Curating the Internet: Business, leadership, and management micro-summaries for October 5, 2019

in rsslog •  4 months ago 

A story of crime and bravery in 1976; Harvard Business School paper advises synergy between Soul and Machine; HP cutting 7,000-9,000 jobs in next 3 years; Fed official says central bank digital currency is inevitable, and it's time to start preparing; and a Steem essay arguing that cryptocurrency is going to dominate the financial landscape and early adopters will be at the top of the food chain.


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Links and micro-summaries from my 1000+ daily headlines. I filter them so you don't have to.


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  1. Buried Alive: The California School Bus Kidnappings of 1976 - I was a young child at the time, so it's not surprising that I don't remember this. It's an interesting story about crime and bravery, though. Three men hijacaked a school bus full of 26 kids and the bus driver on July 15, 1976, in Chowchilla, California. The hostages were moved to vans and taken on an 11 hour drive to a rock quarry, where they were forced into a hole. The kidnappers forced the kids to give their names, addresses, and phone numbers, and then went off to seek a $5 million ransom. Fortunately for everyone, though, they didn't leave a guard behind. After some time in the hole, the hostages were led by Mike Marshall and bus driver Frank Edward Ray in escaping, at which time Marshall broke off from the main group so that he could seek help if they were captured. The kidnappers were soon apprehended, and 26 years later, 2 of the kidnappers were released from prison on parole in 2012. The third will be eligible for parole on October 8 (Tuesday). The bus driver, Frank Edward Ray, received a letter from President Ford commending him for his bravery, and went back to driving the very same bus, #1, a month after the incident. He bought the bus to save it from a junkyard, and gave it to a neighbor when he died in 2012. Today, the neighbor still keeps the bus indoors on his property.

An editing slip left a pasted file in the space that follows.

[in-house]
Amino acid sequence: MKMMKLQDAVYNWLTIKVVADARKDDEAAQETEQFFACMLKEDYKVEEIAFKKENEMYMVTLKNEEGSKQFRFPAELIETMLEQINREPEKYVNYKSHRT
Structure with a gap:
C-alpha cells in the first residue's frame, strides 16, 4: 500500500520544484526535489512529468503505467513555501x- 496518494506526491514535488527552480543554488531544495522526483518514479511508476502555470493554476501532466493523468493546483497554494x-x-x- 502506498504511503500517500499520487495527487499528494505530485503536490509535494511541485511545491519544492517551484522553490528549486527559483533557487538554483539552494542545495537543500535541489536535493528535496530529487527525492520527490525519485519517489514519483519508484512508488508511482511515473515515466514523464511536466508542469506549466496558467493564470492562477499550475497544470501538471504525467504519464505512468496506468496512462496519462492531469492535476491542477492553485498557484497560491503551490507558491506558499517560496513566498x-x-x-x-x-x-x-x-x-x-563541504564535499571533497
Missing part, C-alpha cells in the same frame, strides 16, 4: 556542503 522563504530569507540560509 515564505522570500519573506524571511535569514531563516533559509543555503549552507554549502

2. Soul and Machine (Learning) - This Harvard Business School (HBS) working paper by David Prosperpio and about a dozen colleagues argues that without a soul, the potential for true advances in marketing is limited, and the best marketing will only arrive when marketing managers learn when to trust their instincts, and when to trust the machines. In particular, it says that soul is needed to deal with "what-if" and "but-for" scenarios, and that businesses should seek synergy by letting humans and machines both do what they're good at. Moreover, the paper argues that soul and machine are iteratively synergistic, where the insights of managers feed improvements to machine learning, which in turn, give the managers new insights. The paper gives examples from current businesses, and predicts the emergence of "virtual customers" - of which, I suppose Steem's SPS DAO could be one. Seems a little like a consequence of the theory of comparative advantage

  3. HP to slash 7,000 to 9,000 jobs over three years as part of major restructuring - The headline says it all. That's 13-16% of their work force. I was just thinking this morning that it might be good to direct some Steem outreach toward discussion boards at TheLayoff.com web site. Maybe HP's section would be a good place to start. Laid off tech workers with a severance and time on their hands might really ramp-up the pace of development and growth.

  4. Fed Official Says Digital Central Bank Currency Is ‘Inevitable’ - Philadelphia Federal Reserve bank president Patrick Harker said that the US dollar is in a strong position as the world's reserve currency, so the US should not be an early adopter, but it's inevitable that a central bank digital currency will eventually be issued. So, he says, the Federal Reserve needs to start understanding it now. BIS, the European Central Bank, is supporting initiatives for central banks to research and develop digital currencies.

  5. STEEM Is it the best time to get involved with cryptocurrency? - In this post, @blind-spot argues that because it's easy to accumulate - almost free, and also secure and useful, cryptocurrency will eventually dominate the financial landscape. The author also argues that when it happens, the early adopters will be at the "top of the food chain." (A 10% beneficiary setting has been applied to this post for @blind-spot.)


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